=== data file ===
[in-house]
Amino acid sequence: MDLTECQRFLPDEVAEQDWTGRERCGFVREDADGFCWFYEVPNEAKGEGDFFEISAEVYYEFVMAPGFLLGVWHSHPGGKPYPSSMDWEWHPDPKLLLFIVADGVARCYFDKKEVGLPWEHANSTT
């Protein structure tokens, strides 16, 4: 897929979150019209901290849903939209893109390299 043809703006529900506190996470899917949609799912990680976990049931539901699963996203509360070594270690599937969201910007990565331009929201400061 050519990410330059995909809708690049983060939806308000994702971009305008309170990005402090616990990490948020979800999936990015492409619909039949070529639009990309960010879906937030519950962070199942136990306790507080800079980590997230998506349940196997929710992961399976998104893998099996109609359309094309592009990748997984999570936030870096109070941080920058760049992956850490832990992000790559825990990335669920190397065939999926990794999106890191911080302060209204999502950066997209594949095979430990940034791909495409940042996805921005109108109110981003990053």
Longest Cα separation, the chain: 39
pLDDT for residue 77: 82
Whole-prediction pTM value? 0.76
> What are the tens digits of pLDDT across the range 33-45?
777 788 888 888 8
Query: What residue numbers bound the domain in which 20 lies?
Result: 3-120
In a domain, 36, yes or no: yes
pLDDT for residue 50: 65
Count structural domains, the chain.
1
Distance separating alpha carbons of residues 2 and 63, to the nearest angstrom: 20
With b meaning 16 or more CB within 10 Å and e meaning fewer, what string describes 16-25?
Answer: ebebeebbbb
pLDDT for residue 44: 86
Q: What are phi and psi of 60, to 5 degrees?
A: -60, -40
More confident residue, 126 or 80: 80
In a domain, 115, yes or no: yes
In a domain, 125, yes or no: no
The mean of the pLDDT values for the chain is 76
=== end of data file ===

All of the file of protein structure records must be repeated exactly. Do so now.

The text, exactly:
[in-house]
Amino acid sequence: MDLTECQRFLPDEVAEQDWTGRERCGFVREDADGFCWFYEVPNEAKGEGDFFEISAEVYYEFVMAPGFLLGVWHSHPGGKPYPSSMDWEWHPDPKLLLFIVADGVARCYFDKKEVGLPWEHANSTT
């Protein structure tokens, strides 16, 4: 897929979150019209901290849903939209893109390299 043809703006529900506190996470899917949609799912990680976990049931539901699963996203509360070594270690599937969201910007990565331009929201400061 050519990410330059995909809708690049983060939806308000994702971009305008309170990005402090616990990490948020979800999936990015492409619909039949070529639009990309960010879906937030519950962070199942136990306790507080800079980590997230998506349940196997929710992961399976998104893998099996109609359309094309592009990748997984999570936030870096109070941080920058760049992956850490832990992000790559825990990335669920190397065939999926990794999106890191911080302060209204999502950066997209594949095979430990940034791909495409940042996805921005109108109110981003990053």
Longest Cα separation, the chain: 39
pLDDT for residue 77: 82
Whole-prediction pTM value? 0.76
> What are the tens digits of pLDDT across the range 33-45?
777 788 888 888 8
Query: What residue numbers bound the domain in which 20 lies?
Result: 3-120
In a domain, 36, yes or no: yes
pLDDT for residue 50: 65
Count structural domains, the chain.
1
Distance separating alpha carbons of residues 2 and 63, to the nearest angstrom: 20
With b meaning 16 or more CB within 10 Å and e meaning fewer, what string describes 16-25?
Answer: ebebeebbbb
pLDDT for residue 44: 86
Q: What are phi and psi of 60, to 5 degrees?
A: -60, -40
More confident residue, 126 or 80: 80
In a domain, 115, yes or no: yes
In a domain, 125, yes or no: no
The mean of the pLDDT values for the chain is 76